Boston lawyer Brady Coyne has a client list that consists almost exclusively of wealthy elderly people from Boston's Upper Crust, and when he's not off fishing somewhere, the bulk of his work lies in drawing their wills and planning their estates. For an attorney who has such an apparently quiet practice, though, Coyne does seem to find himself in the middle of a lot of murder cases.
Given that, when Brady's phone rings at two o'clock in the morning, the news is probably not going to be good. On the other end of the line is one of those wealthy clients, a retired Unitarian minister named Desmond Winter. Winter has already had more than his fair share of bad luck. Seventeen years ago, his wife took his daughter and left him, promising to be back at some point. Ultimately, his daughter returned, but his wife never did, and Winter has no idea what became of her. Her loss haunts him still.
To further complicate Winter's life his ne'er-do-well son, Marc, went off and married a stripper named Maggie. To his surprise, though, Desmond becomes quite fond of his daughter-in-law and then one night she's found naked and beaten to death on the family's boat, hence the phone call at two in the A.M. Naturally, the husband, Marc, is the principal suspect, especially since he was observed near the scene at the time of the killing and has no apparent alibi. Desmond wants Brady to protect his son's interests and before long the whole thing spirals into a very messy and dangerous affair.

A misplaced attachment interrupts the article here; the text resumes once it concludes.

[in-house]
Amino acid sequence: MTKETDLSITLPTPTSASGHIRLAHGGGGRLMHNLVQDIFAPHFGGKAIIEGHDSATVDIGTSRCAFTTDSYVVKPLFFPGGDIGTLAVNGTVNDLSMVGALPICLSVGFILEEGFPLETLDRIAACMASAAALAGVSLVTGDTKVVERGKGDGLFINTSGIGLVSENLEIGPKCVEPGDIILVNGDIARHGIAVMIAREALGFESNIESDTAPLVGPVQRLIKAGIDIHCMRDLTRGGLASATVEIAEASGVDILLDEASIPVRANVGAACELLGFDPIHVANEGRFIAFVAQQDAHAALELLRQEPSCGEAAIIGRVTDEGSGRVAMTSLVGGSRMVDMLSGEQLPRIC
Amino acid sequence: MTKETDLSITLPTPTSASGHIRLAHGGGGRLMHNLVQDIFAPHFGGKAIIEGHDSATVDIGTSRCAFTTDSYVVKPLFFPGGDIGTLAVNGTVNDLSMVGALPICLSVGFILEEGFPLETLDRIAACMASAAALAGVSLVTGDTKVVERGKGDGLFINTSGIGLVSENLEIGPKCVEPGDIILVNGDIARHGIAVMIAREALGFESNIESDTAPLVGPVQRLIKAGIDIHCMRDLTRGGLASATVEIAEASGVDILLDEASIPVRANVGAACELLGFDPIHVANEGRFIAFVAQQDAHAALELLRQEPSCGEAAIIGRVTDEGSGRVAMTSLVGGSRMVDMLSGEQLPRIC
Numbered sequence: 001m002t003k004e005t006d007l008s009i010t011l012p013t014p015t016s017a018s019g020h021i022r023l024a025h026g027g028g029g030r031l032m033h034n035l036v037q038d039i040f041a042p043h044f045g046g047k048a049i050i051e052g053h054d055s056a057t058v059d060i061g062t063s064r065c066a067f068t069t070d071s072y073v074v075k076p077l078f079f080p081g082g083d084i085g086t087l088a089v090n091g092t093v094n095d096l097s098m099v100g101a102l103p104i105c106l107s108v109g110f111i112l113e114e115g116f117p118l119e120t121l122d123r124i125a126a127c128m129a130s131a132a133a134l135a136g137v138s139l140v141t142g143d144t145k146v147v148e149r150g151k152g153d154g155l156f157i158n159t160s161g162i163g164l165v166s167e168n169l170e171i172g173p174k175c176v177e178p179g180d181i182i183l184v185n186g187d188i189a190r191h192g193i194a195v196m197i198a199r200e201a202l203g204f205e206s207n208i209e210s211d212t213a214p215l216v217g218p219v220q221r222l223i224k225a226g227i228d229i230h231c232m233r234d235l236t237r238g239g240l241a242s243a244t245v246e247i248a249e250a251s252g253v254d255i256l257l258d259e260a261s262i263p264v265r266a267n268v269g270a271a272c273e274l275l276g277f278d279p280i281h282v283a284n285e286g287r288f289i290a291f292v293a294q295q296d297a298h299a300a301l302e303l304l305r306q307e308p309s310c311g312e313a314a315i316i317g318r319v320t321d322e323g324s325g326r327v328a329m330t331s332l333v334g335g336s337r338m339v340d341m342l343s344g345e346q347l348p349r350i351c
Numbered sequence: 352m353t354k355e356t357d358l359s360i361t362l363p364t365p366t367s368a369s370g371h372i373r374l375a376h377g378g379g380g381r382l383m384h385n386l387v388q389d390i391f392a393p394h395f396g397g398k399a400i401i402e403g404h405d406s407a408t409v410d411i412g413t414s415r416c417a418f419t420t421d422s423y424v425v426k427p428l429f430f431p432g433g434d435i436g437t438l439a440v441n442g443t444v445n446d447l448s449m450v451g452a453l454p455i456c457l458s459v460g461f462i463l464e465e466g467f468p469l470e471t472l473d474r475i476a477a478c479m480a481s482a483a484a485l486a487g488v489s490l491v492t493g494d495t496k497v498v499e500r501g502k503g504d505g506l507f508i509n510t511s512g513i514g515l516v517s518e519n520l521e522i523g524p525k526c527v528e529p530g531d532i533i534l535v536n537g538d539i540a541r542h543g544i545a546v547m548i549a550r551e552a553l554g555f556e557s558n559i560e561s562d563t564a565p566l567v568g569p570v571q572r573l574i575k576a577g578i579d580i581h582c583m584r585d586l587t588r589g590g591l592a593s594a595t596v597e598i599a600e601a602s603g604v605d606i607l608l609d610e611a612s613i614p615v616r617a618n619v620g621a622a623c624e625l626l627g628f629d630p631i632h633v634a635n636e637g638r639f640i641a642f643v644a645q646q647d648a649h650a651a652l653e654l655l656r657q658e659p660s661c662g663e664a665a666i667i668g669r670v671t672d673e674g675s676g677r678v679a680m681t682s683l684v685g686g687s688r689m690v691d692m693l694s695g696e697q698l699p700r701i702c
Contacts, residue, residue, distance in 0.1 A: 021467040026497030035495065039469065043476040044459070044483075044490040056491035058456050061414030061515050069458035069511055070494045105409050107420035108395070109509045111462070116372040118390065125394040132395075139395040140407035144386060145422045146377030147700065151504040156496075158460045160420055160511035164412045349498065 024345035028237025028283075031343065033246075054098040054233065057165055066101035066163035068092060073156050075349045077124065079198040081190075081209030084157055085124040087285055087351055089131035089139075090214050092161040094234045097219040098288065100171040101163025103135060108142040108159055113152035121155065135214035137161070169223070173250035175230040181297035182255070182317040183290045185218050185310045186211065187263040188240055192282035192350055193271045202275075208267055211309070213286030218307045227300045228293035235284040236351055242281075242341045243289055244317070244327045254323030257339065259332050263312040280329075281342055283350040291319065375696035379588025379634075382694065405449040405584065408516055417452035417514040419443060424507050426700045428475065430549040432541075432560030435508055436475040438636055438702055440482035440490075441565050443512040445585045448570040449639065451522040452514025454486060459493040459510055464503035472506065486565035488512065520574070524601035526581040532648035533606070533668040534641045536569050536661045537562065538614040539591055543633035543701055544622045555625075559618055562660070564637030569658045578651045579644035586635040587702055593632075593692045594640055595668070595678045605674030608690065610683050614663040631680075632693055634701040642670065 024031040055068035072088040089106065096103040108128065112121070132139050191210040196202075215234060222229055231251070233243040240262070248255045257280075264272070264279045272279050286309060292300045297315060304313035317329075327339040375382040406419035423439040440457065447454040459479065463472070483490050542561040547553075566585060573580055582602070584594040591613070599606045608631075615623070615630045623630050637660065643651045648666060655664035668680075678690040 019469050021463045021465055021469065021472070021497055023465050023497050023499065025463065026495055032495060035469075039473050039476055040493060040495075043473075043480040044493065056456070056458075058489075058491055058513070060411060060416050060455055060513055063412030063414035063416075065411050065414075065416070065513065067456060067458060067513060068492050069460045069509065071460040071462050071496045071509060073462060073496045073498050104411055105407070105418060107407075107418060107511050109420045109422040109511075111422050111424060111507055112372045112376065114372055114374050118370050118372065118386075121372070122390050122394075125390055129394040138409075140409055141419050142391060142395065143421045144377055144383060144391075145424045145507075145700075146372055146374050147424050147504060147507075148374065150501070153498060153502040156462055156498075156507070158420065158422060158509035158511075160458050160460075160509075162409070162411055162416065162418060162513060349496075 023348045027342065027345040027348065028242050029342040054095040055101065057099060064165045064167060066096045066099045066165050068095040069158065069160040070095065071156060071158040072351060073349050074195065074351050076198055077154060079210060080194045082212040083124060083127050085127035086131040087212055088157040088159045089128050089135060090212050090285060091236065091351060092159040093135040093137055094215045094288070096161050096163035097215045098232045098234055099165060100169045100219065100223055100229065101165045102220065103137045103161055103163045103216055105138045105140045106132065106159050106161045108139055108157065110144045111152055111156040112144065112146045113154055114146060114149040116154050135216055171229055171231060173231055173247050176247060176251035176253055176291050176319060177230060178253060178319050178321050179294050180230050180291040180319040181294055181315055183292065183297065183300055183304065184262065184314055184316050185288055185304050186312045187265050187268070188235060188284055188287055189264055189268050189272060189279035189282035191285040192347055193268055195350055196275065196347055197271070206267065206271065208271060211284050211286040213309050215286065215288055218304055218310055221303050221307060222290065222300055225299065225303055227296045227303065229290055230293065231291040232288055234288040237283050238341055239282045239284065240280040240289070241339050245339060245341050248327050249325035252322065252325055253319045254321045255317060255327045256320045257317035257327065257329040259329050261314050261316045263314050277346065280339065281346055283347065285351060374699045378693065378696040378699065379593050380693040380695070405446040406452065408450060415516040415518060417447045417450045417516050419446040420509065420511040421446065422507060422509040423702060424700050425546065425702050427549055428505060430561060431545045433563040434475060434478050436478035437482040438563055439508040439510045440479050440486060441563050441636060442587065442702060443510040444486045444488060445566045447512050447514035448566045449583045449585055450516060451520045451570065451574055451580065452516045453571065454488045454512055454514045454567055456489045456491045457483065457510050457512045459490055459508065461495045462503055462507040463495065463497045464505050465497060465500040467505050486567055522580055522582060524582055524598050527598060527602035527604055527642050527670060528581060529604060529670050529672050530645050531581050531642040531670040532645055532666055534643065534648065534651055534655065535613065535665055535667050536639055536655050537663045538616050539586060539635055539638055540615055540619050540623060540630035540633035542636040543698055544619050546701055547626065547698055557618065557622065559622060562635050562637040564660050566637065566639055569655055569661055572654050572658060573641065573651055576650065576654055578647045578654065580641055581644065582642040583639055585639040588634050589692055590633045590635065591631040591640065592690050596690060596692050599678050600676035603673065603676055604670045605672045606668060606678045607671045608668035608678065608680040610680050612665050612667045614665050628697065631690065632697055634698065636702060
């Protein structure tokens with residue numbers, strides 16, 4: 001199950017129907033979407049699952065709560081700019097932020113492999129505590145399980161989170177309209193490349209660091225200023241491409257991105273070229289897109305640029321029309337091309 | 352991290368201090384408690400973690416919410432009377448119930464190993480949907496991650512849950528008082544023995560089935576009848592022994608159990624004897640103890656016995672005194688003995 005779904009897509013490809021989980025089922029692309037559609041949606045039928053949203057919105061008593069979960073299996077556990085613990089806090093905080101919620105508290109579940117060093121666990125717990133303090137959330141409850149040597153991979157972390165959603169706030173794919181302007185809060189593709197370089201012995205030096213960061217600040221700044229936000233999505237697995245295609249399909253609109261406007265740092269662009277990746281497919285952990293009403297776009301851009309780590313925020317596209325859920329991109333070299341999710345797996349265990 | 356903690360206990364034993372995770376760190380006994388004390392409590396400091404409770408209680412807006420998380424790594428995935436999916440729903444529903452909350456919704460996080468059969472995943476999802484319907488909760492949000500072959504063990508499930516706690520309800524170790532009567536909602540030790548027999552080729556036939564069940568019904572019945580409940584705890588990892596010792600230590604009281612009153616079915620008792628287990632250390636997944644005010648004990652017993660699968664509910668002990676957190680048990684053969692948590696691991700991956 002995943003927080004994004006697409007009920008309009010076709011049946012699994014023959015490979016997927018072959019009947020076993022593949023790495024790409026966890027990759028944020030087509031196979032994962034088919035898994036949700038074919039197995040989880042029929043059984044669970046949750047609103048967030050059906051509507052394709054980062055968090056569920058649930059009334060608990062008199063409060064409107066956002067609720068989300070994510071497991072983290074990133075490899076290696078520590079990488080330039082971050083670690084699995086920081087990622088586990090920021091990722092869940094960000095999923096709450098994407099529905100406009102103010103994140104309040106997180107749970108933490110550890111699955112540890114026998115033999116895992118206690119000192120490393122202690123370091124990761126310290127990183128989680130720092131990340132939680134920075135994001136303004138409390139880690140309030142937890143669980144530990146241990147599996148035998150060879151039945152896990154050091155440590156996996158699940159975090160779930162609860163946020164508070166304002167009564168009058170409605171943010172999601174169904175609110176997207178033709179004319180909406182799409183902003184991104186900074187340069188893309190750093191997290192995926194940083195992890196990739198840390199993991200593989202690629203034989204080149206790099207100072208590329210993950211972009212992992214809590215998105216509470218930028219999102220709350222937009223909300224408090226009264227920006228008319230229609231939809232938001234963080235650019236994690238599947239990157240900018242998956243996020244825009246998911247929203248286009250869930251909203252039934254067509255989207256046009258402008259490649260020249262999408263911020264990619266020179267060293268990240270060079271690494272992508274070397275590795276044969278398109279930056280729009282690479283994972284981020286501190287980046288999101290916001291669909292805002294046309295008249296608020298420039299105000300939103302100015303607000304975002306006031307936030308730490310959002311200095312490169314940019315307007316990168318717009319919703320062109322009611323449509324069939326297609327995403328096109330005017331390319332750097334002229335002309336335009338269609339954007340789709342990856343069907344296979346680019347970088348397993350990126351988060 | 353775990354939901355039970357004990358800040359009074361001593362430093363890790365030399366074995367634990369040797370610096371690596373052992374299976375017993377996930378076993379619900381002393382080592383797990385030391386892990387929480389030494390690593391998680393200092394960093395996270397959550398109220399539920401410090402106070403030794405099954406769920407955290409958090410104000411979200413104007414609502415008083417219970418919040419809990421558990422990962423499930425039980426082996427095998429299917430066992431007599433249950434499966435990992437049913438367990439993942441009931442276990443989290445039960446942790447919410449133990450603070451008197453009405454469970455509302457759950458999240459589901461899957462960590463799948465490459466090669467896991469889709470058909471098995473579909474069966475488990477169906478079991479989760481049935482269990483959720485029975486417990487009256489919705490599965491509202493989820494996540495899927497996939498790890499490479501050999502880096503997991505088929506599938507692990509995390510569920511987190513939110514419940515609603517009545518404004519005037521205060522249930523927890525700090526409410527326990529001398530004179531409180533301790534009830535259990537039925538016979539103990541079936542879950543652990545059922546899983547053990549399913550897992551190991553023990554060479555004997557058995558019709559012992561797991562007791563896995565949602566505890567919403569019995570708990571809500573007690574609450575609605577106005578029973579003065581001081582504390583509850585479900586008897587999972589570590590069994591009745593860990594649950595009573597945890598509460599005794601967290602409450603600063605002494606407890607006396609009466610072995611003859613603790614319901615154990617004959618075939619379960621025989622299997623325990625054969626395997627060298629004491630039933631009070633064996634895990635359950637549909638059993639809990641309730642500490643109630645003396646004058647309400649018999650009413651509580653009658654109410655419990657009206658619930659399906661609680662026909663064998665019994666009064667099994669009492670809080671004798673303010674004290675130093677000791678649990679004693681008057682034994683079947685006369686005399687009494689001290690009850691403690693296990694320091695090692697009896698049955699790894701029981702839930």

This is another very good addition to the series. It's a clever plot that moves swiftly along. Brady Coyne remains a plausible and attractive protagonist, and the rest of the characters are pretty interesting as well. Although nearly thirty years old at this point, the book has aged well, and the reader is only occasionally pulled momentarily out of the plot when someone has to go searching for a pay phone rather than simply pulling out their iPhone or some such thing. All in all, a fun read.